Reflexive monism

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Reflexive monism is a philosophical position developed by Max Velmans, in his books Understanding Consciousness (2000, 2009)[1] and Toward a Deeper Understanding of Consciousness (2017),[2] to address the problems of consciousness. It is a modern version of an ancient view that the basic stuff of the universe manifests itself both physically and as conscious experience (a dual-aspect theory in the traditions of Spinoza and Fechner).[3] The argument is that the mind and, ultimately, the universe is psycho-physical.[4]

Monism is the view that the universe, at the deepest level of analysis, is composed of one fundamental kind of stuff. This is usually contrasted with substance dualism, the view found in the writings of Plato and Descartes that the universe is composed of two kinds of stuff, the physical and the stuff of soul, mind or consciousness.

Reflexive monism maintains that, in its evolution from some primal undifferentiated state, the universe differentiates into distinguishable physical entities, at least some of which have the potential for conscious experience, such as human beings. While remaining embedded within and dependent on the surrounding universe and composed of the same fundamental stuff, each human, equipped with perceptual and cognitive systems, has an individual perspective on, or view of, the rest of the universe and themself. In this sense, each human participates in a process whereby the universe differentiates into parts and becomes conscious of itself, making the process reflexive. Donald Price and James Barrell write that, according to reflexive monism, experience and matter are two complementary (first- and third-person viewable) sides of the same reality, and neither can be reduced to the other. That brain states are causes and correlates of consciousness, they write, does not mean that they are ontologically identical to it, and they develop the use of complementary first- and third-person perspectives into a non-reductive, empirical program for investigating the relationship of conscious experience to neuroscience.[4]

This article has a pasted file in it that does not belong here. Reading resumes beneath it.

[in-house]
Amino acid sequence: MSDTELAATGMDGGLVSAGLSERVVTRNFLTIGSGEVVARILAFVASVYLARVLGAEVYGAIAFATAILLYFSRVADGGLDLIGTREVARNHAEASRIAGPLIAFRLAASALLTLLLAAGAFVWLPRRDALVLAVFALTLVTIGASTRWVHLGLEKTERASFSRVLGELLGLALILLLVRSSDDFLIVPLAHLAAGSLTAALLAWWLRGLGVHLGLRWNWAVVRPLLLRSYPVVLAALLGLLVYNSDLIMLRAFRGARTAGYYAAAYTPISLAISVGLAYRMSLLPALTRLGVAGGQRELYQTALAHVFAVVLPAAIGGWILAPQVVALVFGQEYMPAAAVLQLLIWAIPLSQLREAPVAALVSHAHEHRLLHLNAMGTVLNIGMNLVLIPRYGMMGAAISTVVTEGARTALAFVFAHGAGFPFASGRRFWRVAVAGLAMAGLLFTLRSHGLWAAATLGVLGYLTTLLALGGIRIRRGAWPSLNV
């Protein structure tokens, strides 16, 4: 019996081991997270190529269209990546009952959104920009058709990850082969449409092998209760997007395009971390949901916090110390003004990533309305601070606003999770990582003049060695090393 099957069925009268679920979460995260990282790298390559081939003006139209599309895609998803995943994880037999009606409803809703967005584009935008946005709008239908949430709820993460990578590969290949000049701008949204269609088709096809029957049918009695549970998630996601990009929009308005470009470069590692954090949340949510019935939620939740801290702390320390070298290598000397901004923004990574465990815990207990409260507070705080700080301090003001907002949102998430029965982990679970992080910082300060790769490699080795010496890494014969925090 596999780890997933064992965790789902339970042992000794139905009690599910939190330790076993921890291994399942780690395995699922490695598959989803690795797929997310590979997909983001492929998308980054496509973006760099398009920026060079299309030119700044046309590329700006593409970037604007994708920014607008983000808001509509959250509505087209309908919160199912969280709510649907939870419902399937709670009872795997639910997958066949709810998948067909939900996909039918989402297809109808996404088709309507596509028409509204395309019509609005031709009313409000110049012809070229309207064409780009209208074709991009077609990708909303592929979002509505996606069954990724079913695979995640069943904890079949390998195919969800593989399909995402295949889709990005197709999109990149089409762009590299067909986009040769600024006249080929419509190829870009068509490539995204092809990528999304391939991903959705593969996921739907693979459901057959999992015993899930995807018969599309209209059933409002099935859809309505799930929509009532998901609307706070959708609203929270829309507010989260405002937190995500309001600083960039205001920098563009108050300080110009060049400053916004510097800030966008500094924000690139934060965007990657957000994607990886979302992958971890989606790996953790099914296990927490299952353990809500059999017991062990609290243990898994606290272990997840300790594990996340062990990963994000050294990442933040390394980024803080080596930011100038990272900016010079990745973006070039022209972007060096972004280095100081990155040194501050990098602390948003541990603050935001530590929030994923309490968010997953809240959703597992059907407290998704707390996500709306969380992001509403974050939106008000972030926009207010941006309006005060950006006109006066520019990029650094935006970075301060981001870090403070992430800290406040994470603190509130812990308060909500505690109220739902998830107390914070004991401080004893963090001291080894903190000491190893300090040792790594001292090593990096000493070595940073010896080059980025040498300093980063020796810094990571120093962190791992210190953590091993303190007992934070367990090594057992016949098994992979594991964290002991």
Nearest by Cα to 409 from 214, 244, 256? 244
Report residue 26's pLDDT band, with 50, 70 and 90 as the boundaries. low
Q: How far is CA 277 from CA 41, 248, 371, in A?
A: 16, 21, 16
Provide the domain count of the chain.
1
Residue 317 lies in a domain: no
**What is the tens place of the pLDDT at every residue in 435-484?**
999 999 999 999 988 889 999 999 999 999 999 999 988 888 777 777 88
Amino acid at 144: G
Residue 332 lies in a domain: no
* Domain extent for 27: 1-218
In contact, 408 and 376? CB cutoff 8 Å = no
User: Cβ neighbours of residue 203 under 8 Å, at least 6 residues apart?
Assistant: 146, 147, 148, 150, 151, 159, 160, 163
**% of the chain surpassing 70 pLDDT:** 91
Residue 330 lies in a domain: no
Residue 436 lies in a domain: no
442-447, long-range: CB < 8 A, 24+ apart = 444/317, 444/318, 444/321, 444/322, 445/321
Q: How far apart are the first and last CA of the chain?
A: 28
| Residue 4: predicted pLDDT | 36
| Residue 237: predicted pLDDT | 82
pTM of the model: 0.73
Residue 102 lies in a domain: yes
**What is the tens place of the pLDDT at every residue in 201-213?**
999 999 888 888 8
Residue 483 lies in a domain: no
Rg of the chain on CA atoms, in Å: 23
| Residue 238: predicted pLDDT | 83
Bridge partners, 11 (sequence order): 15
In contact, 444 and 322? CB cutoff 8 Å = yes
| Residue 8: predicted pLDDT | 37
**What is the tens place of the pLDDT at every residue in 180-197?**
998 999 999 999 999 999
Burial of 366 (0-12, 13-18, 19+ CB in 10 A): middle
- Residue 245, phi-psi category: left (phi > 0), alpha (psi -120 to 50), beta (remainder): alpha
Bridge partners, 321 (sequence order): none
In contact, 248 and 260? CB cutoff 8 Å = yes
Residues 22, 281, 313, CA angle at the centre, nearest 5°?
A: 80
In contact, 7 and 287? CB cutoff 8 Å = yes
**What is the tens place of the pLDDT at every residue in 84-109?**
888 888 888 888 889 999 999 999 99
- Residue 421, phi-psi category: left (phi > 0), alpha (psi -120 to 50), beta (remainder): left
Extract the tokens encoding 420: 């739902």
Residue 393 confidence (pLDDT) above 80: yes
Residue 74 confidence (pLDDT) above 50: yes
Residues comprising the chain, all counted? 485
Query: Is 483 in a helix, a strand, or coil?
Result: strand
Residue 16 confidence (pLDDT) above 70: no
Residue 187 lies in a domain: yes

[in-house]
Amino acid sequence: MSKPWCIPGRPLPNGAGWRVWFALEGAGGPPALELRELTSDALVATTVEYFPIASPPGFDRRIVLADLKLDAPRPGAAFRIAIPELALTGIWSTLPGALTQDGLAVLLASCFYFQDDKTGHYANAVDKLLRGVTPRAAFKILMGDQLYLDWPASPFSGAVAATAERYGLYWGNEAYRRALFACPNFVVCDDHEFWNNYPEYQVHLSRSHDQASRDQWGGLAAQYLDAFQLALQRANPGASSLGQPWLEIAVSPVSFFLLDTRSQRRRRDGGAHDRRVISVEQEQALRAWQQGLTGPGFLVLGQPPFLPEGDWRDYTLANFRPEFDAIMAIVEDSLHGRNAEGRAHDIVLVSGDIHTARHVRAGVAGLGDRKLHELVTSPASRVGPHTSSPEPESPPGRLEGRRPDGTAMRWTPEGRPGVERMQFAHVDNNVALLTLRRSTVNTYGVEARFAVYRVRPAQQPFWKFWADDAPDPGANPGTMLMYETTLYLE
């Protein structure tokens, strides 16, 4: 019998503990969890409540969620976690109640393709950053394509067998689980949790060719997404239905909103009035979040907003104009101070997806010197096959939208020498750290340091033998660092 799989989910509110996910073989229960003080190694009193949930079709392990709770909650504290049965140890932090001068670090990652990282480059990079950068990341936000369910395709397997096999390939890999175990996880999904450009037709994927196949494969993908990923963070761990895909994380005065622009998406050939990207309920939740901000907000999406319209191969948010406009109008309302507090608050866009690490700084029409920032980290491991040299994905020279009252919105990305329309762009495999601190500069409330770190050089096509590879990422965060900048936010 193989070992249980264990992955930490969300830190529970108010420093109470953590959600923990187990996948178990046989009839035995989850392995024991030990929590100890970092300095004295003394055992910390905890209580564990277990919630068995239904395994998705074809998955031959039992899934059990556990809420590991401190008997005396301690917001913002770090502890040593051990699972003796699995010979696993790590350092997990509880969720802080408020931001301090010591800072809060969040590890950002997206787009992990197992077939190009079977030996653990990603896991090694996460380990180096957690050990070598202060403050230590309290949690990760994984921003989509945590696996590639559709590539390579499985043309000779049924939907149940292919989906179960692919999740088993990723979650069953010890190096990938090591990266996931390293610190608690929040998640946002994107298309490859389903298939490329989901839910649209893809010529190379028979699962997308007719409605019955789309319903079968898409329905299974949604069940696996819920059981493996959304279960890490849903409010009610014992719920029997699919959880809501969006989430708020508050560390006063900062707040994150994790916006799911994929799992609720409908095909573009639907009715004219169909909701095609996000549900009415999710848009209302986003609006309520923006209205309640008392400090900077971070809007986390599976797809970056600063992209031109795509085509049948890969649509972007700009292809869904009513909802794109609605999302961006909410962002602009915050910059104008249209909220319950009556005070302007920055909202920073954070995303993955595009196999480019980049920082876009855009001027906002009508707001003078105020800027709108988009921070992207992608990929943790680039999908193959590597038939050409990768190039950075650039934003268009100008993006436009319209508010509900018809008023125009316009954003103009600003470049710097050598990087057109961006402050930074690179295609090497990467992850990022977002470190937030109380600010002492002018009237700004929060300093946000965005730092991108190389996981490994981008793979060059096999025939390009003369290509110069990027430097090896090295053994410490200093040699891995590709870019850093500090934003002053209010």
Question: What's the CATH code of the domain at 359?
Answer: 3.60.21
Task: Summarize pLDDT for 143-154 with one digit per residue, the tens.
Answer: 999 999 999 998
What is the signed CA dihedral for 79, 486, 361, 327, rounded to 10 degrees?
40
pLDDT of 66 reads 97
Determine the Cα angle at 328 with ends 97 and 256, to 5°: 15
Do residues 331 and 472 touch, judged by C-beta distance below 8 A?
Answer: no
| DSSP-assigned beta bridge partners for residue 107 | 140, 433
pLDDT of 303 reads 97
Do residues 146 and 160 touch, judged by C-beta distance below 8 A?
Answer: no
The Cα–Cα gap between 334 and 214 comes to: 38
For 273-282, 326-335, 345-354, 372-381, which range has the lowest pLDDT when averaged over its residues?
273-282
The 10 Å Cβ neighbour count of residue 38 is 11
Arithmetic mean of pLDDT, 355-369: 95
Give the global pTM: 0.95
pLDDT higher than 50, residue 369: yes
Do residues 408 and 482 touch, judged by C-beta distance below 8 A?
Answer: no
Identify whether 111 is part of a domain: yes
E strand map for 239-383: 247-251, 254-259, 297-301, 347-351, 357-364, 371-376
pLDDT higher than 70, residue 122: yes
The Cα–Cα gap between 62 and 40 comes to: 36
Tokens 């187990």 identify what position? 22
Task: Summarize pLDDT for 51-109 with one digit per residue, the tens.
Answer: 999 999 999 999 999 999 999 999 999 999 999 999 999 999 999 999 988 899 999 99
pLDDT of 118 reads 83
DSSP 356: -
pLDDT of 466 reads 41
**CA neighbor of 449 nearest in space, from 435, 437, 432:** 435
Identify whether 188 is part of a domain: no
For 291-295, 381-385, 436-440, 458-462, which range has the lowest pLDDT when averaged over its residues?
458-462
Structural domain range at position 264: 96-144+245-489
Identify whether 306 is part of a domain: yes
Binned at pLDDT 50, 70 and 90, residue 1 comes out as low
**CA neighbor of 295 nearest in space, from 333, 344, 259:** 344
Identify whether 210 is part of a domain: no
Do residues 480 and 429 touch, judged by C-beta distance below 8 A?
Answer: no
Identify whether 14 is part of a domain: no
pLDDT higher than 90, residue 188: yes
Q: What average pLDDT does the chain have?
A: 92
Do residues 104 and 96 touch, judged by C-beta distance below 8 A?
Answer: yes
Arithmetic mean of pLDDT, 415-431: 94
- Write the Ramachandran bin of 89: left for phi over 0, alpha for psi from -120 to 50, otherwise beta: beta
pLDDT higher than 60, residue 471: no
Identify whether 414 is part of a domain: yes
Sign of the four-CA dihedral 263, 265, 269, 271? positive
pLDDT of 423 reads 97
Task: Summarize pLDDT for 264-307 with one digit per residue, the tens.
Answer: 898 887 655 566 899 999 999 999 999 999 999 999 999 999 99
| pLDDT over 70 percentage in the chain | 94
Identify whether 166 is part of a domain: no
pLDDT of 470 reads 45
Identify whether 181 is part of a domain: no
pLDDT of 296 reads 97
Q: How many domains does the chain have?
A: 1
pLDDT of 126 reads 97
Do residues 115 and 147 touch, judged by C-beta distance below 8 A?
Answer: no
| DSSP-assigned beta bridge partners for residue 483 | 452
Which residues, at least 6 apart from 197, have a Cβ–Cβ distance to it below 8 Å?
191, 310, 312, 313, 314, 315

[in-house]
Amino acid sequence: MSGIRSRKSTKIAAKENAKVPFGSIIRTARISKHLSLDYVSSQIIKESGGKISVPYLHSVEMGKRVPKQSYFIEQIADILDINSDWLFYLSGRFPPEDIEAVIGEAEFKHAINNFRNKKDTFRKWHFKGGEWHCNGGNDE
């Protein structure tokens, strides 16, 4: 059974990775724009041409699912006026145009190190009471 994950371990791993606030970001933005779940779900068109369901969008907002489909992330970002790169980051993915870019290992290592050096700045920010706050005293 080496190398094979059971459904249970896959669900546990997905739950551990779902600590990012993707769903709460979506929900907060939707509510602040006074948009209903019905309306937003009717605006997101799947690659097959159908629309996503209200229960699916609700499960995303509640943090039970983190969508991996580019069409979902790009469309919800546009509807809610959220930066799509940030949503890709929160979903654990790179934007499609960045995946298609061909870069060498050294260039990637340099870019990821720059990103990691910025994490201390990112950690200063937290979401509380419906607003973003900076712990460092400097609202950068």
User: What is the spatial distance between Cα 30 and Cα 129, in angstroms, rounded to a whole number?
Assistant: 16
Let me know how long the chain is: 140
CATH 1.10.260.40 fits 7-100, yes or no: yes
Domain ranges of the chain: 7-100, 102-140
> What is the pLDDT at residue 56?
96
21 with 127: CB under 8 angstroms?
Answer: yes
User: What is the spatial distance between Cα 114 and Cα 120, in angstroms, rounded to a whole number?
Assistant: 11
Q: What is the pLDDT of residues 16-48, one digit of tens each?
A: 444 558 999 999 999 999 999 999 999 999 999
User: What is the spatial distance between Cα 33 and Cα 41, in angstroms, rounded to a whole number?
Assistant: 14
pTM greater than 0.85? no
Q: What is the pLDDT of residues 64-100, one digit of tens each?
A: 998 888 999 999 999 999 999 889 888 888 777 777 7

A similar combination of monism and reflexivity is found in later Vedic writings such as the Upanishads, as well as the Buddhist views of Chittamatra and Dzogchen.[5]


  1. ^ "Understanding Consciousness: 2nd Edition (Paperback) - Routledge". Retrieved 2017-01-11.
  2. ^ "Towards a Deeper Understanding of Consciousness: Selected works of Max Velmans (Hardback) - Routledge". Retrieved 2017-01-11.
  3. ^ Velmans, Max. "Dualism, Reductionism and Reflexive Monism," in Max Velmans and Susan Schneider (eds.). The Blackwell Companion to Consciousness. Wiley-Blackwell, 2007, pp. 346-358. preprint
    • Velmans, Max. "Reflexive Monism," Journal of Consciousness Studies, 15(2) pp.5-50 (2008) preprint
    • Hoche, H-U. "Reflexive monism versus complementarism: An analysis and criticism of the conceptual groundwork of Max Velmans's reflexive model of consciousness," Phenomenology and the Cognitive Sciences, 6(3) pp.389-409 (2007), doi:10.1007/s11097-006-9045-8 preprint
  4. ^ a b Price, Donald D. and Barrell, James J. Inner Experience and Neuroscience: Merging Both Perspectives. MIT Press, 2012, p. 277ff.
  5. ^ Rao, K. R. History of Science, Philosophy and Culture in Indian Civilization Volume XVI, Part 1: Cognitive Anomalies, Consciousness, and Yoga. New Delhi: Matrix, 2011, pp. 322-323, 376-383, 766-774.